The Casio FXG is a calculator which is widely known as being the world's first graphing calculator available to the public. It was introduced to the public and later manufactured between and c. The calculator offers 82 scientific functions and is capable of manual computation for basic arithmetic problems. The calculator can compute basic arithmetic functions with a precision up to 13 digits.

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This calculator is identical to the fxG in every respect apart from minor cosmetic differences. Both calculators have 82 scientific functions. From the image at the top, you can see the keyboard and the functions that are available, and the manual is the best place to learn more about them. One of the interesting features of this calculator was the ability to express multi-statement functions manually and in program mode.

This is where one may write multiple formulas or commands separated by colon symbols. This calculator comes from a very long line of graphing calculators going all the way back to the earlier series such as fxG, and fxG that had graphing capability.

The series was the most ground breaking in terms of technology, and this was because of the advances in low power memory IC by Sanyo. This was also one of the earliest graphing calculators on the market placing Casio firmly in the lead. The electronic engineering behind the and series was very similar, and the main calculator chip is almost identical based on CMOS technology.

The programming model is formula based with a mix of mnemonics for the conditional jumps and glyph symbols for variable assignment. The system architecture is Harvard based. The programming storage space consists of a maximum of steps, where each step occupies a byte of memory. The program area divides into ten sections P0 through P9. You could have ten independent programs in each storage space, or one main program with nine subroutines. The main program can then call these routines when required.

For its time, it had a powerful programming language as it could also manage array-type memories, and pointers. It is very easy to program this, as the language would be second nature to any programmer. Just for fun, I wrote a program for the delta-y transformation as this is something very easy to remember and it took just a few minutes. I made some games, learnt how the memory space was organised, and wrote a program for displaying the Mandelbrot set.

This is normally difficult to achieve in bytes, but after hacking its memory, I was able to use the variable register space as well. An interesting design feature was this physical power switch to control the power to the calculator.

This is why the batteries lasted as long as they did. On average, the three CR batteries lasted two years or hours depending upon usage of course. Overall, it is a nice toy to play with, and if you like vintage technology, you can pick one of these up cheaply from places such as eBay. The price of the fxGA is also around the same; however, it depends on the auction day and the number of collectors bidding.

I have always hated programmable calculators especially the ones that drew fancy graphs. I remember when I was in school, a rich kid brought one to class, and he was always showing off with it and fiddling with the buttons all day long. Of course, he had the entire brat pack of rich kids following him around. They were all middle-class, white, and into computers. They of course thought they were very superior destined for Cambridge, and I used to let them think so.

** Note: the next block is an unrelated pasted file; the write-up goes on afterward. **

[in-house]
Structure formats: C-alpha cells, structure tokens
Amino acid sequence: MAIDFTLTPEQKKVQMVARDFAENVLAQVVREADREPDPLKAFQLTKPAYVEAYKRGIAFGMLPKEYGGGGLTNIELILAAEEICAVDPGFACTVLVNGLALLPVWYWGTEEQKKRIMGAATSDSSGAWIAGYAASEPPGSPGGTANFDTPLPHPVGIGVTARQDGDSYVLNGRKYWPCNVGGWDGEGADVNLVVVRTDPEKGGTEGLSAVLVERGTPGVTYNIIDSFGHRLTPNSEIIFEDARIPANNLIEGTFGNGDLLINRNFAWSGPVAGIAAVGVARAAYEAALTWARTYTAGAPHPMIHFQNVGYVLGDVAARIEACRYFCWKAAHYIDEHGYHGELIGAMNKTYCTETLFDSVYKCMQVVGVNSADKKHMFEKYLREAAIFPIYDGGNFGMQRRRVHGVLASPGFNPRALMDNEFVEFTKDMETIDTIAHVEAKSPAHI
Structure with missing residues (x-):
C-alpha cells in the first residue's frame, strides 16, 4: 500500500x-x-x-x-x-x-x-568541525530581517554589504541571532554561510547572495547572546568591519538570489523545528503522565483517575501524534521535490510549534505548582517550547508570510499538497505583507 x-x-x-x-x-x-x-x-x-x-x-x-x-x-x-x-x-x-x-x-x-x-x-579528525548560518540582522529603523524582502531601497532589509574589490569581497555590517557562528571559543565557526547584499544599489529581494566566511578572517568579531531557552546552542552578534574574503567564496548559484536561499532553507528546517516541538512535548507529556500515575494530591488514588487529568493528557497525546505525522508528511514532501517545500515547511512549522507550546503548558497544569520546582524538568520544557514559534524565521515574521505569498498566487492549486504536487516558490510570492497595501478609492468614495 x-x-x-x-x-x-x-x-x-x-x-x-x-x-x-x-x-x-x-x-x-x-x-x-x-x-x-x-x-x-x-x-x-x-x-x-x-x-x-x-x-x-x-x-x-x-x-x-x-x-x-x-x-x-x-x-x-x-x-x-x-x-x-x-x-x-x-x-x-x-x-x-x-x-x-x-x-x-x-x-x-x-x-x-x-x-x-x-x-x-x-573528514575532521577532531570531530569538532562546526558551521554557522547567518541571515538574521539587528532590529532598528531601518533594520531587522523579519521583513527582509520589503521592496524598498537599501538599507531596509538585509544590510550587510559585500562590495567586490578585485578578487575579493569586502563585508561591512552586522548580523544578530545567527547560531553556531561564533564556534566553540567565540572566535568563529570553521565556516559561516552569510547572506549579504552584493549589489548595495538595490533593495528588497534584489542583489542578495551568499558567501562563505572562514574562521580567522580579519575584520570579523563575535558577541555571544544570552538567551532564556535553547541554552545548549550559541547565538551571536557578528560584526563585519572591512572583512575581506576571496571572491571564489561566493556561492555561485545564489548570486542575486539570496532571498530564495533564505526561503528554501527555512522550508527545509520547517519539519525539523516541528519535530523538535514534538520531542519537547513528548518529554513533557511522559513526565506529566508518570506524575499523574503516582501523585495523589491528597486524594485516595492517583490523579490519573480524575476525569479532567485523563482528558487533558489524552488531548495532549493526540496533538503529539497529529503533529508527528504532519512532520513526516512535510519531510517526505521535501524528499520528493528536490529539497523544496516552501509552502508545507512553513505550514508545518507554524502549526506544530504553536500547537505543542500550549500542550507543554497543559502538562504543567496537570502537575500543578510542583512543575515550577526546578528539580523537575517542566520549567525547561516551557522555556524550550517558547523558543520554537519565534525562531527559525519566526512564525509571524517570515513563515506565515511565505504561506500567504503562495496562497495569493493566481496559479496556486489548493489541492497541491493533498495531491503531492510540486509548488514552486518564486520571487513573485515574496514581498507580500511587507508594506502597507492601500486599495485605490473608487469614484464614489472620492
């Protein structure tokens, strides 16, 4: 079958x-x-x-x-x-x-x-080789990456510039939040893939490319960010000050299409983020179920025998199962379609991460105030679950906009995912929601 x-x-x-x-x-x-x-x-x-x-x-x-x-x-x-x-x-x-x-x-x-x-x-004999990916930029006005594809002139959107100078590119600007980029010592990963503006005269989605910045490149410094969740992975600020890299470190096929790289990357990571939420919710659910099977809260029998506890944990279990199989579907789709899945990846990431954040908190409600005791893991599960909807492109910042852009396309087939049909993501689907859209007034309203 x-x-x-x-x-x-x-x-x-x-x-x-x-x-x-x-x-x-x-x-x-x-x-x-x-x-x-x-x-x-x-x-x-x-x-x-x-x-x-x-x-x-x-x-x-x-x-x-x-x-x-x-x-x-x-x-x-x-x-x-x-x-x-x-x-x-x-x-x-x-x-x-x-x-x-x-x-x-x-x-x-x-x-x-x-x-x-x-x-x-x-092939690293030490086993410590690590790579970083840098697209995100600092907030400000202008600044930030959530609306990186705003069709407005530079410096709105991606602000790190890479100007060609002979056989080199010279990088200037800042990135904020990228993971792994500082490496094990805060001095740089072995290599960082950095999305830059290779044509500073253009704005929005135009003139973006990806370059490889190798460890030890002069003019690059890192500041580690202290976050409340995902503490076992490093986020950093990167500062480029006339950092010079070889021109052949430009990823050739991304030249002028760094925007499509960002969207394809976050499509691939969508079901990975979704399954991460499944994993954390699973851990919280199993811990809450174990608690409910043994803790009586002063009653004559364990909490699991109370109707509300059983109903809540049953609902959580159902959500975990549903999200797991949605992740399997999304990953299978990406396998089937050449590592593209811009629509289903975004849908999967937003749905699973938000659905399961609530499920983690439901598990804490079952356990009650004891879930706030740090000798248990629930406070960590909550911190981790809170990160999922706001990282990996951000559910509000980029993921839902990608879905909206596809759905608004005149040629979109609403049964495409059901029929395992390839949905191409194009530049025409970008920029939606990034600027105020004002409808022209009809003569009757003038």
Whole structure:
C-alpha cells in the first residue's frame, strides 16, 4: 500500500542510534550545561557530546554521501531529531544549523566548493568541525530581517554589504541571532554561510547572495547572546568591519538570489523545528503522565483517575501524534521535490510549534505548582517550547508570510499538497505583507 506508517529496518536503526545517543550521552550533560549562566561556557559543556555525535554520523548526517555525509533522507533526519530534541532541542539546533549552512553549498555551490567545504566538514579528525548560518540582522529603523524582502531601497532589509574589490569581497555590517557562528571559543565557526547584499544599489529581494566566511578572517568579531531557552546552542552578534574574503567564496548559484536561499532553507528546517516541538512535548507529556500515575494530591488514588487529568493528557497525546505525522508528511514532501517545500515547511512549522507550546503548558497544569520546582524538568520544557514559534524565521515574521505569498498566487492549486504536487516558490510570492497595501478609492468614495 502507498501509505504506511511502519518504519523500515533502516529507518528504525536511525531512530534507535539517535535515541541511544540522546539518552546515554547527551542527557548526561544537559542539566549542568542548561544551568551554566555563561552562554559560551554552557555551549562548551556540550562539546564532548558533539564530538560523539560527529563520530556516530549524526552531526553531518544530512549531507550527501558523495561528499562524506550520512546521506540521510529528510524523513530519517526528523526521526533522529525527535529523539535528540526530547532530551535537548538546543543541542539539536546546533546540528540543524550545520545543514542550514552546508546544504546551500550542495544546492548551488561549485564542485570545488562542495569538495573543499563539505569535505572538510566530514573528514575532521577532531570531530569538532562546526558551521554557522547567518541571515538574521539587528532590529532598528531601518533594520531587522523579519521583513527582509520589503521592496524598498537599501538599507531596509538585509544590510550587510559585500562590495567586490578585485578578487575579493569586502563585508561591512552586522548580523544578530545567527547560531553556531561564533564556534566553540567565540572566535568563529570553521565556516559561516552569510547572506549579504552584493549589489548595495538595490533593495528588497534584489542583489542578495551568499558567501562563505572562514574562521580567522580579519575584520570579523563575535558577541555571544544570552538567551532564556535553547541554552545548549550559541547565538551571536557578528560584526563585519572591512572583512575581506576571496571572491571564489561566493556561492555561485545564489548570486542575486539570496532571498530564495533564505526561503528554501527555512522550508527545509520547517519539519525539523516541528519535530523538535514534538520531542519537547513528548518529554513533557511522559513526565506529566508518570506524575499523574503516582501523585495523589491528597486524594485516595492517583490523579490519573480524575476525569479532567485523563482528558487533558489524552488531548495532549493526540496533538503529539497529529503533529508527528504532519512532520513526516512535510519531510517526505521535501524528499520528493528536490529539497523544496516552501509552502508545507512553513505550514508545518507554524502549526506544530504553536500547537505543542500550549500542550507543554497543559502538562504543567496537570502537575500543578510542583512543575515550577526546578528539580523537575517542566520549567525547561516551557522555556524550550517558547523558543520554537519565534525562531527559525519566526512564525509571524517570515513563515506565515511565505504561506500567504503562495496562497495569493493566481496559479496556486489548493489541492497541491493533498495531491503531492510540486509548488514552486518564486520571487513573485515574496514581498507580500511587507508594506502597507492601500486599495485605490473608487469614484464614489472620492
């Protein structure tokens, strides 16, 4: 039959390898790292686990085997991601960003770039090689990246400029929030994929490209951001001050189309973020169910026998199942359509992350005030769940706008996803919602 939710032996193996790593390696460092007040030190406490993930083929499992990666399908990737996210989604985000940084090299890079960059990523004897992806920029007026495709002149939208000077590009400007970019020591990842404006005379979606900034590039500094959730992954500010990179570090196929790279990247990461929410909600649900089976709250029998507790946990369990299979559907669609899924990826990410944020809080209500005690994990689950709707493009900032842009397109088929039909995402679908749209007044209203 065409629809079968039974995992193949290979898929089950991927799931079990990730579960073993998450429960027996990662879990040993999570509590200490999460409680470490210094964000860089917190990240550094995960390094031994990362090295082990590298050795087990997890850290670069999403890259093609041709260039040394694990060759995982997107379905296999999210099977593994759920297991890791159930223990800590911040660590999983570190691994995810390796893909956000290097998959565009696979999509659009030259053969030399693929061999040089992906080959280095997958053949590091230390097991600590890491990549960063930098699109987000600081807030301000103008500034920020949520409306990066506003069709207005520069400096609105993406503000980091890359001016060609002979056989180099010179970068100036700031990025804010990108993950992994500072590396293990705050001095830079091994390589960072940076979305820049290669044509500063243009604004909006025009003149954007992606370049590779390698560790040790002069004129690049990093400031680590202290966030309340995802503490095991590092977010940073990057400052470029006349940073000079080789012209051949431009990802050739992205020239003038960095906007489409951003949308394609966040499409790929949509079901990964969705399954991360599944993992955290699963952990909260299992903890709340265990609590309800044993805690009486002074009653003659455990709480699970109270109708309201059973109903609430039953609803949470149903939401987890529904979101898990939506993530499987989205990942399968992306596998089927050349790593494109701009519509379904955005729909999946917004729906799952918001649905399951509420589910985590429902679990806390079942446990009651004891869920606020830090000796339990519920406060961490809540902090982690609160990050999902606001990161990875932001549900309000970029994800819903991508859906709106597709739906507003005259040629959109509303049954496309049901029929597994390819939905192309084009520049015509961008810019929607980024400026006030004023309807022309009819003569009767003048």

However, I had the ZX81 at home and was programming in Z80 assembly language, but I was not going to tell! I still remember my maths teacher in college advising us not to rely on graphics calculators too much. In Pure and Applied Mathematics, when you had to sketch a curve, the skill was in understanding the equation and being able to extract the necessary information such as points of intersection. Being able to understand where the curve intersected the x-axis and the y-axis, and finding the turning points provided a deeper insight into the equation.

Of course, these days you just enter the equation, and the calculator will plot it all for you and provide you with all the pertinent information. The average run of the mill student stopped using his brains two decades ago! The one thing the teacher forgot to mention was that if you were to use your brains, then over time you could solve these equations faster in your head, than it would take to program the calculator! Calculators Electronic Engineering Donate.

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Old Hardware Revisited - Casio fx-7000GA Graphing Calculator

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Greetings all! I finally got my hands on it! The Casio fxGA calculator. OK, it is not the original fxG that launched the world of graphing calculators, but it is the second edition of it. The G was originally launched in


Casio fx-7000GA

The Kixmiller Pigeon. Who needs TI when you have Casio. Judging from the large screen, I already new that this calculator had graphing capabilities. I didn't know the historical significance that this piece of handheld electronic. The Casio fxG was the first widely used graphing calculators available for the public. It was introduced in , and sold until when more advanced calculators hit the market. This calculator also had a programming mode which had bytes of memory.


Casio fx-7000GA Handheld Electronic Calculator


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